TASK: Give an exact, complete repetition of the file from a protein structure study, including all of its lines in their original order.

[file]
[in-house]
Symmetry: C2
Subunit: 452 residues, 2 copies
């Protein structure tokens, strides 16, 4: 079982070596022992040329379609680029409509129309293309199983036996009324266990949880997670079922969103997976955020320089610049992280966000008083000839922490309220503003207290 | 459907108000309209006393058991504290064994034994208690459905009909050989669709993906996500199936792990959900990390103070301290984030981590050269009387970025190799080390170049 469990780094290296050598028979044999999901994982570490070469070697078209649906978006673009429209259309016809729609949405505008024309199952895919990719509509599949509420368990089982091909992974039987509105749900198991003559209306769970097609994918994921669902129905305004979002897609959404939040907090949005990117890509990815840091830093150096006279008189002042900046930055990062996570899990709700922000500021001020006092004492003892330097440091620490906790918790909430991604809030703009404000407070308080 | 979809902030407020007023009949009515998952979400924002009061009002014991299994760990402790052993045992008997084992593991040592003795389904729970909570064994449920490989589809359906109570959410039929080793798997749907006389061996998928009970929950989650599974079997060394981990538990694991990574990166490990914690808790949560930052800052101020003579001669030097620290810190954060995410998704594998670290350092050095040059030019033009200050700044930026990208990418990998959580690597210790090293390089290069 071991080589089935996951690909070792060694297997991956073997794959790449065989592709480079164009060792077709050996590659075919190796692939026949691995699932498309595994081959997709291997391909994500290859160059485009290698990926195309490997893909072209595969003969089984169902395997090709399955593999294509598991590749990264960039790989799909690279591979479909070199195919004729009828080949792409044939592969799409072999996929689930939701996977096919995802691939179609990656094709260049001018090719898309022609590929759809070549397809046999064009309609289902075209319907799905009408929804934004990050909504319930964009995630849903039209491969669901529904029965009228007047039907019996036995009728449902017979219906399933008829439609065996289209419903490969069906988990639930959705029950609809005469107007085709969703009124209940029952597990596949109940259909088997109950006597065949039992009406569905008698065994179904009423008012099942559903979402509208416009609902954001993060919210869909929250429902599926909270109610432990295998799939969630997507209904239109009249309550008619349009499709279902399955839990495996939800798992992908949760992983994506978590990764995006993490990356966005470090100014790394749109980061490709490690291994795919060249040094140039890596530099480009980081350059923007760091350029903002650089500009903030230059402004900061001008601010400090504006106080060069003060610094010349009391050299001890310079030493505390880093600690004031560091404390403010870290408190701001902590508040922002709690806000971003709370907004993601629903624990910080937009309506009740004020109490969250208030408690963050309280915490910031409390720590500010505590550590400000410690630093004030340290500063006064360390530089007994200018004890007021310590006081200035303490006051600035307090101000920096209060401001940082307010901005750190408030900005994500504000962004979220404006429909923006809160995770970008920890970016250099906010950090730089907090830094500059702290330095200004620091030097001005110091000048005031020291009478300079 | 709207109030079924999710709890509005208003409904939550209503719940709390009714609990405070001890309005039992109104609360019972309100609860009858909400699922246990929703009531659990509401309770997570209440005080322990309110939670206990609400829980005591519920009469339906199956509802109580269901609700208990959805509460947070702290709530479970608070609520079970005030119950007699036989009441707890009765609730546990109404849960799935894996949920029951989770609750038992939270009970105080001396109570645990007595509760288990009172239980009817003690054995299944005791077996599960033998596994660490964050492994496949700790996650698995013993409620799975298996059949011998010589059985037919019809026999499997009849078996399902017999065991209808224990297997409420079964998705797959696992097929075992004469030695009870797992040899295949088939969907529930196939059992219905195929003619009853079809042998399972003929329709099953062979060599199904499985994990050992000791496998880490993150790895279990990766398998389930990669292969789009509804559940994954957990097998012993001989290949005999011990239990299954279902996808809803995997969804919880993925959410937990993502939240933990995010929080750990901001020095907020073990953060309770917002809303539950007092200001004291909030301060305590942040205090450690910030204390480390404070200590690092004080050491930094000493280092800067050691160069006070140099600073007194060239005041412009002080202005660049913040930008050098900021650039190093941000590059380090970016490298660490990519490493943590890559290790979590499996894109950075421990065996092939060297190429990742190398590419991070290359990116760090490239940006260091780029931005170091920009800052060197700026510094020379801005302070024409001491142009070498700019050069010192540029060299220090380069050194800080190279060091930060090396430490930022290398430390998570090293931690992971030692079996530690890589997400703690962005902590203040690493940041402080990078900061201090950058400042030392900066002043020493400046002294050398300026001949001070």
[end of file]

[in-house]
Symmetry: C2
Subunit: 452 residues, 2 copies
């Protein structure tokens, strides 16, 4: 079982070596022992040329379609680029409509129309293309199983036996009324266990949880997670079922969103997976955020320089610049992280966000008083000839922490309220503003207290 | 459907108000309209006393058991504290064994034994208690459905009909050989669709993906996500199936792990959900990390103070301290984030981590050269009387970025190799080390170049 469990780094290296050598028979044999999901994982570490070469070697078209649906978006673009429209259309016809729609949405505008024309199952895919990719509509599949509420368990089982091909992974039987509105749900198991003559209306769970097609994918994921669902129905305004979002897609959404939040907090949005990117890509990815840091830093150096006279008189002042900046930055990062996570899990709700922000500021001020006092004492003892330097440091620490906790918790909430991604809030703009404000407070308080 | 979809902030407020007023009949009515998952979400924002009061009002014991299994760990402790052993045992008997084992593991040592003795389904729970909570064994449920490989589809359906109570959410039929080793798997749907006389061996998928009970929950989650599974079997060394981990538990694991990574990166490990914690808790949560930052800052101020003579001669030097620290810190954060995410998704594998670290350092050095040059030019033009200050700044930026990208990418990998959580690597210790090293390089290069 071991080589089935996951690909070792060694297997991956073997794959790449065989592709480079164009060792077709050996590659075919190796692939026949691995699932498309595994081959997709291997391909994500290859160059485009290698990926195309490997893909072209595969003969089984169902395997090709399955593999294509598991590749990264960039790989799909690279591979479909070199195919004729009828080949792409044939592969799409072999996929689930939701996977096919995802691939179609990656094709260049001018090719898309022609590929759809070549397809046999064009309609289902075209319907799905009408929804934004990050909504319930964009995630849903039209491969669901529904029965009228007047039907019996036995009728449902017979219906399933008829439609065996289209419903490969069906988990639930959705029950609809005469107007085709969703009124209940029952597990596949109940259909088997109950006597065949039992009406569905008698065994179904009423008012099942559903979402509208416009609902954001993060919210869909929250429902599926909270109610432990295998799939969630997507209904239109009249309550008619349009499709279902399955839990495996939800798992992908949760992983994506978590990764995006993490990356966005470090100014790394749109980061490709490690291994795919060249040094140039890596530099480009980081350059923007760091350029903002650089500009903030230059402004900061001008601010400090504006106080060069003060610094010349009391050299001890310079030493505390880093600690004031560091404390403010870290408190701001902590508040922002709690806000971003709370907004993601629903624990910080937009309506009740004020109490969250208030408690963050309280915490910031409390720590500010505590550590400000410690630093004030340290500063006064360390530089007994200018004890007021310590006081200035303490006051600035307090101000920096209060401001940082307010901005750190408030900005994500504000962004979220404006429909923006809160995770970008920890970016250099906010950090730089907090830094500059702290330095200004620091030097001005110091000048005031020291009478300079 | 709207109030079924999710709890509005208003409904939550209503719940709390009714609990405070001890309005039992109104609360019972309100609860009858909400699922246990929703009531659990509401309770997570209440005080322990309110939670206990609400829980005591519920009469339906199956509802109580269901609700208990959805509460947070702290709530479970608070609520079970005030119950007699036989009441707890009765609730546990109404849960799935894996949920029951989770609750038992939270009970105080001396109570645990007595509760288990009172239980009817003690054995299944005791077996599960033998596994660490964050492994496949700790996650698995013993409620799975298996059949011998010589059985037919019809026999499997009849078996399902017999065991209808224990297997409420079964998705797959696992097929075992004469030695009870797992040899295949088939969907529930196939059992219905195929003619009853079809042998399972003929329709099953062979060599199904499985994990050992000791496998880490993150790895279990990766398998389930990669292969789009509804559940994954957990097998012993001989290949005999011990239990299954279902996808809803995997969804919880993925959410937990993502939240933990995010929080750990901001020095907020073990953060309770917002809303539950007092200001004291909030301060305590942040205090450690910030204390480390404070200590690092004080050491930094000493280092800067050691160069006070140099600073007194060239005041412009002080202005660049913040930008050098900021650039190093941000590059380090970016490298660490990519490493943590890559290790979590499996894109950075421990065996092939060297190429990742190398590419991070290359990116760090490239940006260091780029931005170091920009800052060197700026510094020379801005302070024409001491142009070498700019050069010192540029060299220090380069050194800080190279060091930060090396430490930022290398430390998570090293931690992971030692079996530690890589997400703690962005902590203040690493940041402080990078900061201090950058400042030392900066002043020493400046002294050398300026001949001070």